AIDS Patient Zero, nine 9/11s, and benevolent lies

A086_PatientI recommend to you some excellent reporting by Don Sapatkin (based on scholarship by Phil Tiemeyer) about a distortion of the truth in And the Band Played On. This 1987 bestseller (and later HBO movie) was the first popular history of the then 6-year-old AIDS epidemic. It documented not just what was then known about the epidemiology of AIDS, but also the US government’s non-response to it. The book affected me greatly at a time when I was looking for a way to do science that mattered. But we know now that there was a lie at the center of the book.

And the Band… attracted attention in part because of the story of Gaetan Dugas (AKA ‘AIDS Patient Zero’). Dugas was a handsome gay québécois flight steward who was infected early in the epidemic. He then had sex with and infected numerous men during layovers as he travelled across the continent. And the Band… implied that Dugas played a critical role in causing the epidemic (in something like the way that Gwyneth Paltrow’s character caused the epidemic in Contagion).

But Tiemeyer discovered that author Randy Shilts and his editor intentionally misrepresented the role of Dugas to make him seem more important to the epidemic than he was.

“We lowered ourselves to yellow journalism. My publicist told me [that the Dugas story involved] ‘Sex, death, glamour, and, best of all, he is a foreigner, that would be the icing on the cake,'” Michael Denneny, Shilts’ editor, said in an interview. “That was the only way we could get them to pay attention.”

The misrepresentation stayed close to the facts. It’s not that Shilts invented Dugas or his promiscuity. Nevertheless, writing without the intention to be truthful is neither science nor journalism. The book should have been written to reflect Shilts’ actual beliefs about Dugas.

But it is too easy to wave a flag for objectivity without acknowledging the challenge Shilts faced. Forty years into the epidemic, people have forgotten or do not know about the US Government’s silence about AIDS. President Reagan infamously said nothing about AIDS until 1987. Health officials, including Surgeon General Koop, were forbidden to speak. From the National Library of Medicine’s C. Everett Koop papers:

…for the first four years in office, the nation’s top health officer was prevented from addressing the nation’s most urgent health crisis, for reasons he insisted were never fully clear to him but that were no doubt political. During the early years of the epidemic, AIDS predominantly affected people–homosexuals and intravenous drug users–who, in the view of President Reagan and his domestic policy advisers, brought the disease upon themselves by engaging in immoral conduct, and who were in greater need of moral reform than of new health information or policies. For two years, Koop was excluded from the Executive Task Force on AIDS established in 1983 by his immediate superior, Assistant Secretary of Health Edward Brandt. Journalists received instructions from Brandt’s office in advance of press conferences that the Surgeon General would not answer questions about AIDS, and that he was not to be asked about it.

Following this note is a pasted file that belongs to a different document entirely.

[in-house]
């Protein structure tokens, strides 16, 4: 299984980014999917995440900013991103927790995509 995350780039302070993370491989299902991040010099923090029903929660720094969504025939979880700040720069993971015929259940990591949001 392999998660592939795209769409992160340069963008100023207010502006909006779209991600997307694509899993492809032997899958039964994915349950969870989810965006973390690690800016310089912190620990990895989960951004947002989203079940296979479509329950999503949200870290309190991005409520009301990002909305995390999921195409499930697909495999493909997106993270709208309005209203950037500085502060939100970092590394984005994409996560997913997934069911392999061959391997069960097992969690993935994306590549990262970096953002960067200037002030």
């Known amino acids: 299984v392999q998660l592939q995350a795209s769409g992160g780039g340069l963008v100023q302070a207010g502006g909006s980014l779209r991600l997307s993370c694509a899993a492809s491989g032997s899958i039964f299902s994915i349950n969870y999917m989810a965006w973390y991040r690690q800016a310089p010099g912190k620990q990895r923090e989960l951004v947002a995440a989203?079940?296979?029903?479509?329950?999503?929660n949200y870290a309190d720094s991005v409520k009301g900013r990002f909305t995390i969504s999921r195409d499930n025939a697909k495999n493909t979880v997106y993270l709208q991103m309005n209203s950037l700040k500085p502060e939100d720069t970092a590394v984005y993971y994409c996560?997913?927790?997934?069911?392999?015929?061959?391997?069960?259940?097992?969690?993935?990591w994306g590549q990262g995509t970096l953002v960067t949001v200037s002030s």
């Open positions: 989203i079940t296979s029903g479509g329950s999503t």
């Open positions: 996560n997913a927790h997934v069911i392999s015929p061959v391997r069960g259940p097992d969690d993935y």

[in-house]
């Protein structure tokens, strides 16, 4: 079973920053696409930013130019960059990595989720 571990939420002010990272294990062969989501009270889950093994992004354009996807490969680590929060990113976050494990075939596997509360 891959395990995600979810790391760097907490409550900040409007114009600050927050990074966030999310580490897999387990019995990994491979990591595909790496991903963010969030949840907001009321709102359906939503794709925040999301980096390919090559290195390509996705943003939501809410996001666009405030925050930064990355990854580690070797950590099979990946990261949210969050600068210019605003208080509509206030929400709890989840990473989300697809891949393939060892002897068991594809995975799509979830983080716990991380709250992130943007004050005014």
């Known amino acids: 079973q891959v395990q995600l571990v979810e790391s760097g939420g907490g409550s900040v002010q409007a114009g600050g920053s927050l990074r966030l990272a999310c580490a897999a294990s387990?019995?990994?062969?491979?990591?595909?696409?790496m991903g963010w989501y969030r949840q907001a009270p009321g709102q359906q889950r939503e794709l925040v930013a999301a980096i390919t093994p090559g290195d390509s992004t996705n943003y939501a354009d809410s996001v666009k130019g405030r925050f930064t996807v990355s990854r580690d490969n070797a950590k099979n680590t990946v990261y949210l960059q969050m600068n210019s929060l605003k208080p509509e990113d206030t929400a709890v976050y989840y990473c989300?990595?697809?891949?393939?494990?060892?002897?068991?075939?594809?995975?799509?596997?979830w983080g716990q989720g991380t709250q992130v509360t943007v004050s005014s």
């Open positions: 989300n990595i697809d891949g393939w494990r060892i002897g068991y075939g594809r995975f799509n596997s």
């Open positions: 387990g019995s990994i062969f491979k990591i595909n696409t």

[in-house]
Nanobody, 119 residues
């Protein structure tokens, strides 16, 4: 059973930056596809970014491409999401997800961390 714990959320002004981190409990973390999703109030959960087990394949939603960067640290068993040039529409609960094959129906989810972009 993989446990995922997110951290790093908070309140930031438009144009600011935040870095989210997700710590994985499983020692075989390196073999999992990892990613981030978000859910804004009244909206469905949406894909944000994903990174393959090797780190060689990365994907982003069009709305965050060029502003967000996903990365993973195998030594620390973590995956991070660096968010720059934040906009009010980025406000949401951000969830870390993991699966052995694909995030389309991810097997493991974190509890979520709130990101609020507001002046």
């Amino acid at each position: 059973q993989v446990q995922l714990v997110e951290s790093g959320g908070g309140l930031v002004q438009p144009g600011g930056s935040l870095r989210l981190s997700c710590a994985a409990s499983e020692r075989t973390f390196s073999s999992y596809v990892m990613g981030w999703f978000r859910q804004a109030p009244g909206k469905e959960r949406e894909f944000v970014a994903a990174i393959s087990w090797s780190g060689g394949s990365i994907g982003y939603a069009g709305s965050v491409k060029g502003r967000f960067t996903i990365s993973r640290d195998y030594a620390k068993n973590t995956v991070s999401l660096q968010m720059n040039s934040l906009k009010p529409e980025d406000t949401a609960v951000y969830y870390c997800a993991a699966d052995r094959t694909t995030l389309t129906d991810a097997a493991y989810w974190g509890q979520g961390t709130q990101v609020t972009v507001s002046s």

27,000 Americans died of AIDS between 1981 and 1987. That is nine 9/11s. Every year of delay in implementing preventive strategies and fully mobilizing the nation’s bioscience to develop effective treatments killed tens of thousands of people worldwide.

Shilts was aware of the consequences of this silence and sought to shatter it. I imagine that he thought that he was like the man in Kant’s example who is confronted by “a murderer who has asked whether our friend who is pursued by him had taken refuge in our house.” Most of us think — though Kant did not — that with a murderer at my door I can ethically tell a lie to save a life.

So why wasn’t it legitmate for Shilts to lie when, as it were, the silent murderers were at the door? Because  in Kant’s thought experiment, lying is the only way to protect the man hunted by the murderer. In the real world, the premise that it was necessary to exaggerate the importance of Gaetan Dugas was Shilts’ belief, not a fact in evidence.

Lying in the name of a higher cause is the easy way out. The alternative is to write well enough to engage people with the truth. Shilts, who died of AIDS in 1994, wrote better than I ever will. He told a great story about AIDS activists, doctors, and patients. He rightly put people in the foreground and conveyed the epidemiology and biology (as it was understood at the time) through their stories. This is the only way to engage a large population of educated readers and I believe that the book would have succeeded without misrepresenting Dugas. Regardless, you can’t claim that you need to lie if you can write better. And you can always write better.

Bill Gardner

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